In the discussion of winners and losers from Election 2004, one organization that may have suffered a big blow has been overlooked. This is the Financial Accounting Standards Board (FASB), the private group chosen by accountants and financial executives that has power over the <?xml:namespace prefix = st1 ns = "urn:schemas-microsoft-com:office:smarttags" />U.S. accounting standards.<?xml:namespace prefix = o ns = "urn:schemas-microsoft-com:office:office" />
FASB has a rule now scheduled to go into effect in June to force companies to estimate the value of stock options and expense those options against their reported earnings. But despite the concern that this will hurt the effort for emerging firms to offer broad-based stock options to employees, FASB has refused to even consider the economic effects, saying that this is outside the group's mandate. And since the Securities and Exchange Commission's practice is to defer to FASB in setting accounting standards that public companies must comply with—using the rationale that accounting professionals are the experts—the expensing rule will likely have the force of law. This leaves Congress as the only body that can stop this mandate that could deliver a devastating hit to new companies with the potential to be the next Microsoft or Home Depot.
Last July, the House of Representatives passed 312-111 the Stock Options Accounting Reform Act to push back FASB's ruling. But the measure became stalled in the Senate, due to the efforts of lawmakers such as Richard Shelby, R-Ala., and Carl Levin, D-Mich, who argue that Congress should defer to FASB since it is the accounting expert.
But there is a new dynamic in the senate due to the defeat of South Dakota Sen. Tom Daschle and the elevation of Nevada's Harry Reid to Daschle's title of Senate Democratic Leader. It just so happens that while Reid is a dyed-in-the-wool liberal on nearly every issue, he sees eye-to-eye with those who say that stock options are a key to America's entrepreneurial system.
"FASB's proposed rule would hurt small business and investors and do nothing to ensure our nation's accounting standards," Reid said in a statement reported in the Las Vegas Review-Journal. Reid is an original co-sponsor of the Senate companion bill to stop FASB's forced expensing.
In this and other statements, Reid has shown a good understanding of the twin flaws of the FASB fiat: FASB's expensing standard would result in both hits to economic growth and innovation and less accuracy for shareholders. As Princeton economists William Baumol and Burton Malkiel have noted, "[I]t is virtually impossible to put a precise estimate on the option's value." This is because a stock option when it is issued to a worker is worth little or nothing. Unlike other options that are freely tradable, a stock option will only have value if the company grows and produces good returns for shareholders. So expensing the issuance of stock options against current earnings could mislead shareholders by holding earnings artificially low. The dilution of shares that options could cause in the future is not fixed by pretending that they cause a hit to earnings in the present. The potential dilution is already transparent to shareholders in a company's reports, and depressing earnings through questionable accounting devices is just as deceptive as artificially pumping them up.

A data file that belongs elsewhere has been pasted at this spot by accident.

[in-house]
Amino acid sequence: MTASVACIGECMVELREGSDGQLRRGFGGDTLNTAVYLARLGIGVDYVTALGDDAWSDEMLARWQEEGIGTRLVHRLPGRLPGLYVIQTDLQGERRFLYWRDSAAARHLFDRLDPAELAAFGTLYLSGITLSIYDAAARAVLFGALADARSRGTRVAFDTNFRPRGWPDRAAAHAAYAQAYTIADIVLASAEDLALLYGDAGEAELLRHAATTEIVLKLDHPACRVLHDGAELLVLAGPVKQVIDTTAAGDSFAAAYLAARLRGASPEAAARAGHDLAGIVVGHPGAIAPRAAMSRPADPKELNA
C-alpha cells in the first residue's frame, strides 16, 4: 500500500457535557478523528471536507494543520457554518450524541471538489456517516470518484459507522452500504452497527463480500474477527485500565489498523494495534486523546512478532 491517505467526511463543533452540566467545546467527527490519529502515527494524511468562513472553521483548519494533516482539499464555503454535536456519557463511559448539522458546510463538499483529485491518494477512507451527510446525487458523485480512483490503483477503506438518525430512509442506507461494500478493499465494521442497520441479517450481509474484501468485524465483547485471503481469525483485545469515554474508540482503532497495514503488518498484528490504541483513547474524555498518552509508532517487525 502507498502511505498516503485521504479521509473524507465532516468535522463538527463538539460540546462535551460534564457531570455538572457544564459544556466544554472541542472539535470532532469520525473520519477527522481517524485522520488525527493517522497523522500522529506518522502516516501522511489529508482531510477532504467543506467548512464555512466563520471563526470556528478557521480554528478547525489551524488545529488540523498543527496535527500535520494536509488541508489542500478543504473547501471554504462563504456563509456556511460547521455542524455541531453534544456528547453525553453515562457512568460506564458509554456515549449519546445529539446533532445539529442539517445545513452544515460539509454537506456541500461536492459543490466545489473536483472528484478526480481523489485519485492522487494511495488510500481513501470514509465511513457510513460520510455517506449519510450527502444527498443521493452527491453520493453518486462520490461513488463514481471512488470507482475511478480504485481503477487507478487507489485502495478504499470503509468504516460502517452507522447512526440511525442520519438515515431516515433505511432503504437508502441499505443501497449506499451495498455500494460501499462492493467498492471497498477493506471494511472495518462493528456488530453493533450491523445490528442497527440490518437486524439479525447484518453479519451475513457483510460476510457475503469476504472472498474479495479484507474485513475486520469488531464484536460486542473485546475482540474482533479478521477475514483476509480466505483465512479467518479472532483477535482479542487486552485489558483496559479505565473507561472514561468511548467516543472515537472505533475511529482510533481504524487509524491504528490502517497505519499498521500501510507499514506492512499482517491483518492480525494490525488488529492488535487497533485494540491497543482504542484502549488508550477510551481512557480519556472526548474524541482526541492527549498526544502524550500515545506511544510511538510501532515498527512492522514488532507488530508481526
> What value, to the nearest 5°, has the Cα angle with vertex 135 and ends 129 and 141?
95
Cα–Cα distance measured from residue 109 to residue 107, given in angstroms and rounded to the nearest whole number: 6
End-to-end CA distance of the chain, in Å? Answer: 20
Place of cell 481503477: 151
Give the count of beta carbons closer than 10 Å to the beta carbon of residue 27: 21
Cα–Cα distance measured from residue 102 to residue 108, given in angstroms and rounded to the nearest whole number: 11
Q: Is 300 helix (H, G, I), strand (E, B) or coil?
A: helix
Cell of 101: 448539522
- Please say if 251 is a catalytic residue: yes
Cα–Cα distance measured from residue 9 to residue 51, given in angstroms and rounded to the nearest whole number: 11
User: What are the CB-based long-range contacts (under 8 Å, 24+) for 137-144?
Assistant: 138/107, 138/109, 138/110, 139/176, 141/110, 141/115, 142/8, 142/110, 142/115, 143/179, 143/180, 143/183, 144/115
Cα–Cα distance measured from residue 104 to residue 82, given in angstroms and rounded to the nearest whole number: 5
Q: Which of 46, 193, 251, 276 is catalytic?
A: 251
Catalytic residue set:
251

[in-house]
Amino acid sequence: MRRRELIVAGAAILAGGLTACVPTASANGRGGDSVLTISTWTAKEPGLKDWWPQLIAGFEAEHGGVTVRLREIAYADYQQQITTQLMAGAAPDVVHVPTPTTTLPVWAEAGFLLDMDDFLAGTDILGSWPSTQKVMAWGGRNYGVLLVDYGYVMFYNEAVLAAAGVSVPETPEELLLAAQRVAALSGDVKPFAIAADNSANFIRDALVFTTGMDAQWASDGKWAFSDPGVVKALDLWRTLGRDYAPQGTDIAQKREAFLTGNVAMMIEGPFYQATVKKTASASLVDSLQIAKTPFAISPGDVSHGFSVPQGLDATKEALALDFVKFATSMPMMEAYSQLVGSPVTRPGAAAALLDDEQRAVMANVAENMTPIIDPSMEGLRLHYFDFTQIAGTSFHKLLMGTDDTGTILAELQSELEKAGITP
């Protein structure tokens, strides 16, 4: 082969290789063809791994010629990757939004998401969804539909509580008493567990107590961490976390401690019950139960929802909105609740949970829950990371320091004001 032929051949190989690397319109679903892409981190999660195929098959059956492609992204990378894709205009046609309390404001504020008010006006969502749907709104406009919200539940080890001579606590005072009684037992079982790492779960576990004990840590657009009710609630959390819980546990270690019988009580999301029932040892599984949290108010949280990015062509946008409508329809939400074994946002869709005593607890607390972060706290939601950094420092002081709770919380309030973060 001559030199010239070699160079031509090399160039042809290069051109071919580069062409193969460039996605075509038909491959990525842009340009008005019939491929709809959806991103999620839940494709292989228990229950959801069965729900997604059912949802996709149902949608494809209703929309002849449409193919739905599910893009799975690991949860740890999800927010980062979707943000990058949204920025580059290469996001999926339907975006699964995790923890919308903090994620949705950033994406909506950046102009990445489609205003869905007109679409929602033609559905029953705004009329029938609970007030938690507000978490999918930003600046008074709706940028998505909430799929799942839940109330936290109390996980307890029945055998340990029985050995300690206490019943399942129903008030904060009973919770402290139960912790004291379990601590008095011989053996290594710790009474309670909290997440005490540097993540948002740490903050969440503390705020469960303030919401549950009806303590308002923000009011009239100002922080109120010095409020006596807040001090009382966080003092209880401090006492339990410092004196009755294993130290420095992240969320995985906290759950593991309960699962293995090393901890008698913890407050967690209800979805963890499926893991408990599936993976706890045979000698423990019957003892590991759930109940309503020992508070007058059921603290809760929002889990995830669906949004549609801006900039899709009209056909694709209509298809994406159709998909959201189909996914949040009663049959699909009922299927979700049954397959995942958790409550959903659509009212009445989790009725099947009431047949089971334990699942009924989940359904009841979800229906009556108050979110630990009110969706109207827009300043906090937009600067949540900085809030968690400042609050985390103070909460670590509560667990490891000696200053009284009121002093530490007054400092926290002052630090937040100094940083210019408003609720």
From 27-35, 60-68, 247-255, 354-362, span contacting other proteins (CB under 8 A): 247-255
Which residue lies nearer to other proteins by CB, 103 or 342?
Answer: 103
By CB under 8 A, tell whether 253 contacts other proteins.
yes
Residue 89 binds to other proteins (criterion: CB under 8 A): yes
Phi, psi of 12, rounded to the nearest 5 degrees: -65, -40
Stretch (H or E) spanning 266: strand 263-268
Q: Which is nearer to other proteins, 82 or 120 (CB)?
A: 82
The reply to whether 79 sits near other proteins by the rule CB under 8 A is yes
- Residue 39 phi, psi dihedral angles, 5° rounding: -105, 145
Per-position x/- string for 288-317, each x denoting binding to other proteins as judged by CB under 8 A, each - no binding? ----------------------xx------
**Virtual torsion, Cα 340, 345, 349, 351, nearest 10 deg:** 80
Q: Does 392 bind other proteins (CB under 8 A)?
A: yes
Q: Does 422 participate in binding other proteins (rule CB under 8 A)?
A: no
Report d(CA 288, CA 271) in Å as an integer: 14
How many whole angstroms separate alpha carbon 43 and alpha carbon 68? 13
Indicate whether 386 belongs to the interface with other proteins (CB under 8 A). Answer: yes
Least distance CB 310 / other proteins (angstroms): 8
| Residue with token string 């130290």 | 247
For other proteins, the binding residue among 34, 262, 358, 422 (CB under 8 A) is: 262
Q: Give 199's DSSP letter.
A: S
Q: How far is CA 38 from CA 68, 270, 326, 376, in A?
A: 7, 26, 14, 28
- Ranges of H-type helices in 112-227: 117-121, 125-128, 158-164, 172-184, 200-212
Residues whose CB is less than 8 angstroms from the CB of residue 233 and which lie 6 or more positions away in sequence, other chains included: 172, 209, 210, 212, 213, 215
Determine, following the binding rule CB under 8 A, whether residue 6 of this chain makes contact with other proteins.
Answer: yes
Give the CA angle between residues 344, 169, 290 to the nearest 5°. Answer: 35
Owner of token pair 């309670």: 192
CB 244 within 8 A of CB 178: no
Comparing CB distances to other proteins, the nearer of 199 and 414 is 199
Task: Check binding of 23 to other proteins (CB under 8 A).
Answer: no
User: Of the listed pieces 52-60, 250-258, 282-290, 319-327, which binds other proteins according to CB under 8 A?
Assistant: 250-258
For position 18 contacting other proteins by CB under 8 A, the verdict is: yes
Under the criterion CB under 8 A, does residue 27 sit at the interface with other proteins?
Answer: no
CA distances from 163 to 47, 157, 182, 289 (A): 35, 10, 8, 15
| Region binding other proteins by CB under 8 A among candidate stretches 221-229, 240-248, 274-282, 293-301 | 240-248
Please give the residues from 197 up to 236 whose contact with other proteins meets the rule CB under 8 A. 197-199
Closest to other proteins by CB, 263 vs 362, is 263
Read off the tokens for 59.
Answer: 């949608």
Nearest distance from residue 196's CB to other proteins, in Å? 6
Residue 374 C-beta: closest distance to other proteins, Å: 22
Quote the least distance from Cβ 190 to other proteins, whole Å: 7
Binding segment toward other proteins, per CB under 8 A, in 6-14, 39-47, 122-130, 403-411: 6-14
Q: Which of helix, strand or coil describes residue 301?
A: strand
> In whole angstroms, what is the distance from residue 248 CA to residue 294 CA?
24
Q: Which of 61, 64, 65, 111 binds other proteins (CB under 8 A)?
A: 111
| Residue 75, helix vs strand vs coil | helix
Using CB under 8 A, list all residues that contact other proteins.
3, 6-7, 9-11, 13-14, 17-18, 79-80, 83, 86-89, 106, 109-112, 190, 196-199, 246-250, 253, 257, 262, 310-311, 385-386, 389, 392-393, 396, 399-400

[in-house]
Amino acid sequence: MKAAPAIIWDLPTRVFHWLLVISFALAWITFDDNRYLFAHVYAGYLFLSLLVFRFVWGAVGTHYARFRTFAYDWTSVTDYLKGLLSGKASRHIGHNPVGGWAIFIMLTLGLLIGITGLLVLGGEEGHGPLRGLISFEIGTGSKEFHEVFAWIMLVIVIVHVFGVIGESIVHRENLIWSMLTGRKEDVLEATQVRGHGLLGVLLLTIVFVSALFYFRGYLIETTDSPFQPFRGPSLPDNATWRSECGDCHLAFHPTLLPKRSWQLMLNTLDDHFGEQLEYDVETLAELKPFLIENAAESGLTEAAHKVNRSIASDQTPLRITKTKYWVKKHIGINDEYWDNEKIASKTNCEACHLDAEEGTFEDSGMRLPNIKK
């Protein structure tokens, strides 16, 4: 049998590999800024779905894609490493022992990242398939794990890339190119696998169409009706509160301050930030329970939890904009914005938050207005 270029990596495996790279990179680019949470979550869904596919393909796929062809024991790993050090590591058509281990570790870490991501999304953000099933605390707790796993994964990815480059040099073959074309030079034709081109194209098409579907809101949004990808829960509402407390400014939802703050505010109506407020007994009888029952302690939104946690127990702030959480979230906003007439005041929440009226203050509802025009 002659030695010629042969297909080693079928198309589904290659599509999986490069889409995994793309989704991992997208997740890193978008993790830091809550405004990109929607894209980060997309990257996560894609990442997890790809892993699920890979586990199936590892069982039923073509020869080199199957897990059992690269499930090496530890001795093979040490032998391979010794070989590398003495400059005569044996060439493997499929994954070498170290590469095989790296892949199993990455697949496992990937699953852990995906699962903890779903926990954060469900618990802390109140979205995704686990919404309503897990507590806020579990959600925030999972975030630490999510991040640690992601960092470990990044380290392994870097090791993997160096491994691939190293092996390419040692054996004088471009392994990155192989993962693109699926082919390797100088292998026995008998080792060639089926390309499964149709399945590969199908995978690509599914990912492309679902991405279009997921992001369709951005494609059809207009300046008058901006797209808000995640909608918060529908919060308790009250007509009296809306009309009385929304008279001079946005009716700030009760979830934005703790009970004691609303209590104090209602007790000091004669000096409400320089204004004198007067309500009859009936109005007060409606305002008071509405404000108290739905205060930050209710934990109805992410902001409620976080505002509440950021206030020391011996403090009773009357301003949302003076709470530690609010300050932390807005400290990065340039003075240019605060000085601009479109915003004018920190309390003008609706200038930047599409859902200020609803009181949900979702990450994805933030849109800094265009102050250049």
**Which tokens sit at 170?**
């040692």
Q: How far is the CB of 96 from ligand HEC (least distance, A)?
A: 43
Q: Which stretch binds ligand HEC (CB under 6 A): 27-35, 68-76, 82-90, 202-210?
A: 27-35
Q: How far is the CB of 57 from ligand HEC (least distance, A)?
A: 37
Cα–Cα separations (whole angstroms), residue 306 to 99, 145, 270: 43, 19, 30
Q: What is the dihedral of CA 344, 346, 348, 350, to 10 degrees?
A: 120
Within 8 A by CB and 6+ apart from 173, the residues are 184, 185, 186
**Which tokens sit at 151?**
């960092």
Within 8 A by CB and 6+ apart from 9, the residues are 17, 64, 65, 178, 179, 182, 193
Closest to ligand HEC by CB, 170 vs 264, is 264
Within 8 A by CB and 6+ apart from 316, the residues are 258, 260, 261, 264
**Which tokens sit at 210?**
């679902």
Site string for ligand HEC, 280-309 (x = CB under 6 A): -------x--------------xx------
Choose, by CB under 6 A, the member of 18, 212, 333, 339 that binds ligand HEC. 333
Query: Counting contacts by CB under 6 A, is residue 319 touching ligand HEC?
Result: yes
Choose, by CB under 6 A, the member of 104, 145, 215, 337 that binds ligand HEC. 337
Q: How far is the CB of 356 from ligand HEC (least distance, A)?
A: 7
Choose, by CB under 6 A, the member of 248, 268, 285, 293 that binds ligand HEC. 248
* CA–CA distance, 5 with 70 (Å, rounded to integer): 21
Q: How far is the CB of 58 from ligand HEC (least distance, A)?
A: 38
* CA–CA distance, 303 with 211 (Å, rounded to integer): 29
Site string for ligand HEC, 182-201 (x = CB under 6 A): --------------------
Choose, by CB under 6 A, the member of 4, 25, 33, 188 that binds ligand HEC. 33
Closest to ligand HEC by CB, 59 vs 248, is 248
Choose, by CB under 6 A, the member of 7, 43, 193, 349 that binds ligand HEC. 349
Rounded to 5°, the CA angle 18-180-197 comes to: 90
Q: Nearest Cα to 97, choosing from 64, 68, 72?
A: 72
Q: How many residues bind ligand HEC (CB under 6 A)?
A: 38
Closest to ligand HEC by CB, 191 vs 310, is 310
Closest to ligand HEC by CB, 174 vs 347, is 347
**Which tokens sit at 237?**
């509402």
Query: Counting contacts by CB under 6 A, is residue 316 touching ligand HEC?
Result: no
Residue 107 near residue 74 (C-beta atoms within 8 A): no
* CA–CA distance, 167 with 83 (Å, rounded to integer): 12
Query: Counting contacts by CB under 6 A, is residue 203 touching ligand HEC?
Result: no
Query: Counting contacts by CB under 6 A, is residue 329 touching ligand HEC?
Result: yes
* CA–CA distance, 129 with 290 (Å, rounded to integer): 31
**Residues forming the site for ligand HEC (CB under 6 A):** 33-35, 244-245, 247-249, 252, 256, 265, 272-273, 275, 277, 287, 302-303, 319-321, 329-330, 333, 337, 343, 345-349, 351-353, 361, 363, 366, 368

Reid is also correct in pointing out who would really by hurt by mandatory expensing. While sold as a way to reduce excesses at the top and Enron-like shenanigans, expensing would do little reduce executive compensation. Executives are in high demand, and companies will always find some way to compensate them. What mandated expensing will likely do is crush broad-based stock options in entrepreneurial firms. The businesses whose earnings would suffer the most from expensing's artificial hit would be the small companies that, like Microsoft and Home Depot did in their early days, rely on options to attract and retain a broad base of talented employees. This would hurt the very middle-class workers Democrats claim to champion. Cashiers who accepted options in the early days of Home Depot are now millionaires.
Expensing advocates will no doubt point out that, yes, Home Depot and Microsoft, as well as some other tech companies, have recently decided to expense stock options. But now these companies are big enough that they can afford to expense without taking that large a hit in their earnings. What public policy should be focused on is opportunities for employees and shareholders of the next Microsoft and Home Depot to prosper with the companies. With Reid leading the Senate Democrats, it is all the more likely that, at least in this policy area, there will be bipartisan support for the entrepreneurial culture that makes America so unique.
And his elevation from Whip to Democratic Leader, is similar to "going from cabinet secretary to president," says John Palafoutas, senior vice president for domestic policy at the American Electronics Association, which organized recent "fly-ins" of tech entrepreneurs to Washington, DC to register their opposition to the expensing standard.
As Senate Minority Whip, Reid had influence over the Democrats. But as Minority Leader, he can, like Daschle, set the agenda. And given his strong beliefs on the subject, opponents of expensing such as Palafoutas speculate that stopping FASB will definitely be part of Reid's agenda.
Promoting employee ownership is a proud Democratic Party tradition. The late Louisiana Sen. Russell Long championed tax changes that encouraged employee stock ownership plans (ESOPs) as a way of giving workers a piece of the rock. Democrats and Republicans who value employee ownership cannot allow FASB to harm another innovation that gives workers a stake in their businesses. With Reid at the Senate Democrats' helm, this could be a new era of bipartisanship in accounting reform.